Table 1. Characterization of PEG-nVCR and Its Free Drug Control
Formulation TypeParameters, mean ± SD (N = 3)
Size (nm)Zeta Potential (mV)PDIEE (%)
PEG-nVCR220.6 ± 5.7-18.8 ± 2.40.40 ± 0.1581.2 ± 2.5
Empty PEG-nisomes 227.4 ± 4.6-16.5 ± 3.10.34 ± 0.12-

Abbreviations: EE %, entrapment efficiency; PDI, polydispersity index

4.2. In Vitro Drug Release Study

Figure 1 shows the release profile of PEG-nVCR and its free counterpart. The release of VCR from PEG-nVCR was significantly lower than that of Free VCR. Free VCR showed a rapid release pattern with a release rate of about 80% in the first 3 h. As it is depicted, about 21% of the drug was released in the first three hours from nanoparticles, and after the release of drugs from the PEG-nVCR, it took place slowly in such a way that the maximum release of VCR reached about 69% after 36 h.

Figure 1. Drug release profile of PEGylated niosomal vincristine (PEG-nVCR) and free vincristine (Free VCR) in PBS (pH 7.4) after 36 h. Each value represents the mean ± SD of three independent experiments.

4.3. Stability Study

PEG-nVCR suspension was stable for at least 2 months after production. No significant changes were observed in particle size, homogeneity, and zeta potential during the storage period. The appearance of noisomes was stable and there was no aggregation.

4.4. Cell Viability Study

As depicted in Figure 2, the cell viability is dose-dependent. By increasing the drug concentration (from 0 to 8 µg/mL) in the form of free VCR or PEG-nVCR, the percent of the viable cells was decreased. The cytotoxicity of PEG-nVCR was significantly higher than that of free VCR.

Figure 2. Comparing cytotoxic effect of free VCR and PEG-nVCR on BCL1 clone 5B1b cells after 48 h incubation. Results are presented as mean ± SD from at least three independent experiments (*P < 0.05).

4.5. In Vivo Antitumor Activity

Higher expression of surface markers, such as CD5 and IgM, is reported in b-cell lymphoma (16, 17). So, the amount of CD5 and IgM positive cells is correlated to b-cell tumors. A significant reduction in lymphoma cell count (CD5, IgM, or IgM/CD5 positive cells) was obtained for the PEG-nVCR, as compared to the free VCR (Figure 3). The changes in body and spleen weight and spleen index in different groups are presented in Table 2. As shown in the table, there is a significant difference (P < 0.001) between the spleen weights and indices in normal and lymphoma cells-injected mice. Although no significant change in body and spleen weight of the mice was observed between different kinds of formulations.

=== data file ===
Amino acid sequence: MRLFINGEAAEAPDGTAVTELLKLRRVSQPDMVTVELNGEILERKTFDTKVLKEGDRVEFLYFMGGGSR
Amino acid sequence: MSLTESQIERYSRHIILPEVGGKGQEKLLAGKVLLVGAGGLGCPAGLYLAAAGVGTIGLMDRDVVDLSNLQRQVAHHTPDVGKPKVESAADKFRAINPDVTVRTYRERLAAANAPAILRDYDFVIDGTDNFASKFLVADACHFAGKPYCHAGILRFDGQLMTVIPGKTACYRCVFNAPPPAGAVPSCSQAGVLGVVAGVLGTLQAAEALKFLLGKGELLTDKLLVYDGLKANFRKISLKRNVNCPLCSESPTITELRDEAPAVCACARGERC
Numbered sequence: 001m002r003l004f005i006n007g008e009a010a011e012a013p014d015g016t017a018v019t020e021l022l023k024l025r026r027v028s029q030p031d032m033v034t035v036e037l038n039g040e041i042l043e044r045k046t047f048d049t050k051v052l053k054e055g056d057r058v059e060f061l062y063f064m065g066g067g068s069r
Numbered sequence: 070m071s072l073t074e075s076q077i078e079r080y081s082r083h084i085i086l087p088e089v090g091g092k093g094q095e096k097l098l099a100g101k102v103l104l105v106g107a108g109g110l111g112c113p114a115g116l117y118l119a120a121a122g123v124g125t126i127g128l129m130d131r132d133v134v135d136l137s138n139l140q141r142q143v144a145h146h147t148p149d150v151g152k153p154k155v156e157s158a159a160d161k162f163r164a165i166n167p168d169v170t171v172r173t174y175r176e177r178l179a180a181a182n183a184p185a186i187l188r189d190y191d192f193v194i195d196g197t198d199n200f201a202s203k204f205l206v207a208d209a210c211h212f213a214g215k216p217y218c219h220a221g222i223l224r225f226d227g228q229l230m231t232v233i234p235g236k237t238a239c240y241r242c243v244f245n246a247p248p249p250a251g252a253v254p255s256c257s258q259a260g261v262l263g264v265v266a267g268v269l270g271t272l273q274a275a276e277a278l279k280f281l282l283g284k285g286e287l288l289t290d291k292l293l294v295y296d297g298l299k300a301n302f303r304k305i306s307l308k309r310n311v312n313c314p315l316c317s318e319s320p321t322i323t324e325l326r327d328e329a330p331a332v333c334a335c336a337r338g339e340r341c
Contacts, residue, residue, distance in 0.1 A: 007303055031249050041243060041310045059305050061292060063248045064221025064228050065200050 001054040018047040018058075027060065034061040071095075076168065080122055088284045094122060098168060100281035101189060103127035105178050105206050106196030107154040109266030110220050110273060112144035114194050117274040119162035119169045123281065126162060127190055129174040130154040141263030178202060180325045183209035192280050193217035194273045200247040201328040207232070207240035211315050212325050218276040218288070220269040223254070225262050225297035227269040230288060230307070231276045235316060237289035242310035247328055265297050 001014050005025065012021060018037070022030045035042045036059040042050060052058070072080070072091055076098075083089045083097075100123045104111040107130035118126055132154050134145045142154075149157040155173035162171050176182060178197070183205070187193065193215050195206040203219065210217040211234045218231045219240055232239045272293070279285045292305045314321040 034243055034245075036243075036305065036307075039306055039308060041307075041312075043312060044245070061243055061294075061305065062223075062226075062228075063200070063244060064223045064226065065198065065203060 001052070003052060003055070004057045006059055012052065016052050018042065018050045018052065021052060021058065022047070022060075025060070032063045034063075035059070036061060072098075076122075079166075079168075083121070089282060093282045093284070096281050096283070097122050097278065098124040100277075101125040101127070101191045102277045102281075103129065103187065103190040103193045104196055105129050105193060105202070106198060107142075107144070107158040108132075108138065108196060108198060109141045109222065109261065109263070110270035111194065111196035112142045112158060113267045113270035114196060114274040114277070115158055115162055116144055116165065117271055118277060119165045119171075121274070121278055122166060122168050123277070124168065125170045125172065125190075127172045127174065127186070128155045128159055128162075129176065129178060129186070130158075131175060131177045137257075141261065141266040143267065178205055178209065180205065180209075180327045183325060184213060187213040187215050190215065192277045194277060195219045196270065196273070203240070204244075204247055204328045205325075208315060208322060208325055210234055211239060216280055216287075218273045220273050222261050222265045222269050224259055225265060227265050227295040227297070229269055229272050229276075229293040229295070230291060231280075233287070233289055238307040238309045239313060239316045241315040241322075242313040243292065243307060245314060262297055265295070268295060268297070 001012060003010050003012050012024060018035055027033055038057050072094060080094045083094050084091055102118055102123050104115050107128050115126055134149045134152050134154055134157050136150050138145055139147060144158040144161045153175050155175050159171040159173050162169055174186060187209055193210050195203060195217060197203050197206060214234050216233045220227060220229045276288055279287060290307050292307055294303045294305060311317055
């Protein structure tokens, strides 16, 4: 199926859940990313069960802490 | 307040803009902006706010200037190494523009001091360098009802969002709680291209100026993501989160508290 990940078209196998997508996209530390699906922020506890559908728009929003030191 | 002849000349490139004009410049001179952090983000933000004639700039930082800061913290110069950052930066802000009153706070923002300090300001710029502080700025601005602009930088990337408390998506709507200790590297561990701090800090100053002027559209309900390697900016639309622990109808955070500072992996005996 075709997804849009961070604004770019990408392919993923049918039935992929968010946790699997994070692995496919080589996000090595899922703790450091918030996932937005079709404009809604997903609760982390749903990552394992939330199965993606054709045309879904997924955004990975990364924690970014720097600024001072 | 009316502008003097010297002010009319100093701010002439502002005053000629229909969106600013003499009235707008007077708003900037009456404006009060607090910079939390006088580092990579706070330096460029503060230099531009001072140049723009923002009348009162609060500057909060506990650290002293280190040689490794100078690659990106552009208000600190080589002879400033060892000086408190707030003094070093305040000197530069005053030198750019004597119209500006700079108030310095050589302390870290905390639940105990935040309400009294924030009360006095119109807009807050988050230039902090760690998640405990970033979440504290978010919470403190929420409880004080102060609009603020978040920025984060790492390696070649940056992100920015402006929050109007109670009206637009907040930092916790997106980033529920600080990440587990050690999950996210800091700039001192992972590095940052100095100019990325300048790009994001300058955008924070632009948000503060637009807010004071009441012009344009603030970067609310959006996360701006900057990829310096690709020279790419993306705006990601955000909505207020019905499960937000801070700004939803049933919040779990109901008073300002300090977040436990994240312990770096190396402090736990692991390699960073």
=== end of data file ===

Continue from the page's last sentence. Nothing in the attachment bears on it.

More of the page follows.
Table 2. Measurement of Body/Spleen Weights and Spleen Indices in Normal Mice, Mice with Lymphoma (Untreated Group), and Mice Groups with Lymphoma Which Were Treated by Different Formulationsa
ParameterNormal MiceMice with Lymphoma (Untreated)Mice with Lymphoma Which Treated by Different Formulations
PBSEmpty PEG-NiosomeFree VCRPEG-nVCR
BW (g)21.52 ± 1.0221.3 ± 1.5821.14 ± 0.9420.68 ± 1.3720.34 ± 1.8120.86 ± 1.09
SW (g)0.14 ± 0.0090.17 ± 0.0080.17 ± 0.0070.17 ± 0.010.17 ± 0.0140.16 ± 0.010
SI0.0066 ± 0.00040.008 ± 0.00060.008 ± 0.00060.008 ± 0.00080.008 ± 0.0010.008 ± 0.0005

Abbreviations: BW, body weight (g); SI, spleen index; SW, spleen weight (g)

aEach data represents the mean ± SD (n = 3).

Figure 3. Flow cytometric analysis of lymphoma cells (CD and IgM positive cells) in spleens of mice with lymphoma (untreated group) and treated groups by different formulations. Each group consists of 8 mice. Results were expressed as mean ± SD. *P value = 0.01; **P value = 0.001; ***P value = 0.0001.

4.6. Neurotoxicity Study

The results of the rotarod study showed a significant reduction in neurotoxicity symptoms in the group of mice treated by PEG-nVCR as compared to the free VCR. The group which treated by PEG-nVCR could stand on a rotating road for 98 ± 7 sec, while the time for the group which received free VCR was about 41 ± 9 sec and those of PEGylated niosomes devoid of VCR, PBS was found to be 108 ± 7 and 112 ± 11 sec, respectively. The standing time of the PEG-nVCR group on the rotating rod was about 2.5-fold longer than that of the free VCR group.

5. Discussion